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Why Excellence S.A.’s (WSE:EXC) Return On Capital Employed Looks Uninspiring

Simply Wall St

Today we'll evaluate Excellence S.A. (WSE:EXC) to determine whether it could have potential as an investment idea. Specifically, we're going to calculate its Return On Capital Employed (ROCE), in the hopes of getting some insight into the business.

First up, we'll look at what ROCE is and how we calculate it. Then we'll compare its ROCE to similar companies. Finally, we'll look at how its current liabilities affect its ROCE.

Understanding Return On Capital Employed (ROCE)

ROCE is a measure of a company's yearly pre-tax profit (its return), relative to the capital employed in the business. In general, businesses with a higher ROCE are usually better quality. Ultimately, it is a useful but imperfect metric. Author Edwin Whiting says to be careful when comparing the ROCE of different businesses, since 'No two businesses are exactly alike.'

So, How Do We Calculate ROCE?

Analysts use this formula to calculate return on capital employed:

Return on Capital Employed = Earnings Before Interest and Tax (EBIT) ÷ (Total Assets - Current Liabilities)

Or for Excellence:

0.011 = zł202k ÷ (zł37m - zł18m) (Based on the trailing twelve months to December 2018.)

Therefore, Excellence has an ROCE of 1.1%.

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Does Excellence Have A Good ROCE?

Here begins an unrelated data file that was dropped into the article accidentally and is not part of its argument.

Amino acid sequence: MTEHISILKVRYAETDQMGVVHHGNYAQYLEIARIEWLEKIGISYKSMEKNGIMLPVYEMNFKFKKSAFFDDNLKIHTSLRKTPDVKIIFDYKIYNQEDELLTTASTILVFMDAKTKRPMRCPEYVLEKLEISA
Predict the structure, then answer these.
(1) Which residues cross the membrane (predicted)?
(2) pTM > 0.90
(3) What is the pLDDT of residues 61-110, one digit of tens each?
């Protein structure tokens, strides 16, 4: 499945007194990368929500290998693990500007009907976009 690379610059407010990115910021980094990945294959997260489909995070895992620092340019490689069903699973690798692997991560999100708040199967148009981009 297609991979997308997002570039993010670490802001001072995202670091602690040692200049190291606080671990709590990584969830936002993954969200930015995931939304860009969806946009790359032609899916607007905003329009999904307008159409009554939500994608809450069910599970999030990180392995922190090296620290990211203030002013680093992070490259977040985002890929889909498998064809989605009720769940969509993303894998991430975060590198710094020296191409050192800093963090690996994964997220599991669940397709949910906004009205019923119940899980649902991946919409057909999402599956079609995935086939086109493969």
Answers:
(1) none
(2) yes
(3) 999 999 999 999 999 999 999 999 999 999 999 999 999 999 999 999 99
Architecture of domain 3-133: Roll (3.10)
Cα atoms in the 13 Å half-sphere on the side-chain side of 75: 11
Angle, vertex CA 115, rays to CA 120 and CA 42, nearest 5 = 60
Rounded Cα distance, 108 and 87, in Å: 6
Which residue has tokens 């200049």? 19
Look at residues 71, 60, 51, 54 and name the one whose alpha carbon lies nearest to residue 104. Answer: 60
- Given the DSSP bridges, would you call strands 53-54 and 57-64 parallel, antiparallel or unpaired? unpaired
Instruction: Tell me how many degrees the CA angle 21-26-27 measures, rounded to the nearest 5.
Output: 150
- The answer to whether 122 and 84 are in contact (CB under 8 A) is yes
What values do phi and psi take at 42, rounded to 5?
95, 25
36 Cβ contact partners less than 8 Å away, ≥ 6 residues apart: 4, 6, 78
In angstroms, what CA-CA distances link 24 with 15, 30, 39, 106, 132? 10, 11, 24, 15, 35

ROCE can be useful when making comparisons, such as between similar companies. Using our data, Excellence's ROCE appears to be significantly below the 9.2% average in the Beverage industry. This performance is not ideal, as it suggests the company may not be deploying its capital as effectively as some competitors. Regardless of how Excellence stacks up against its industry, its ROCE in absolute terms is quite low (especially compared to a bank account). It is likely that there are more attractive prospects out there.

Excellence's current ROCE of 1.1% is lower than its ROCE in the past, which was 9.5%, 3 years ago. Therefore we wonder if the company is facing new headwinds.

WSE:EXC Past Revenue and Net Income, May 21st 2019

It is important to remember that ROCE shows past performance, and is not necessarily predictive. ROCE can be deceptive for cyclical businesses, as returns can look incredible in boom times, and terribly low in downturns. ROCE is only a point-in-time measure. You can check if Excellence has cyclical profits by looking at this free graph of past earnings, revenue and cash flow.

How Excellence's Current Liabilities Impact Its ROCE

Current liabilities are short term bills and invoices that need to be paid in 12 months or less. The ROCE equation subtracts current liabilities from capital employed, so a company with a lot of current liabilities appears to have less capital employed, and a higher ROCE than otherwise. To counter this, investors can check if a company has high current liabilities relative to total assets.

Excellence has total assets of zł37m and current liabilities of zł18m. As a result, its current liabilities are equal to approximately 48% of its total assets. In light of sufficient current liabilities to noticeably boost the ROCE, Excellence's ROCE is concerning.

The Bottom Line On Excellence's ROCE

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We aim to bring you long-term focused research analysis driven by fundamental data. Note that our analysis may not factor in the latest price-sensitive company announcements or qualitative material.

If you spot an error that warrants correction, please contact the editor at editorial-team@simplywallst.com. This article by Simply Wall St is general in nature. It does not constitute a recommendation to buy or sell any stock, and does not take account of your objectives, or your financial situation. Simply Wall St has no position in the stocks mentioned. Thank you for reading.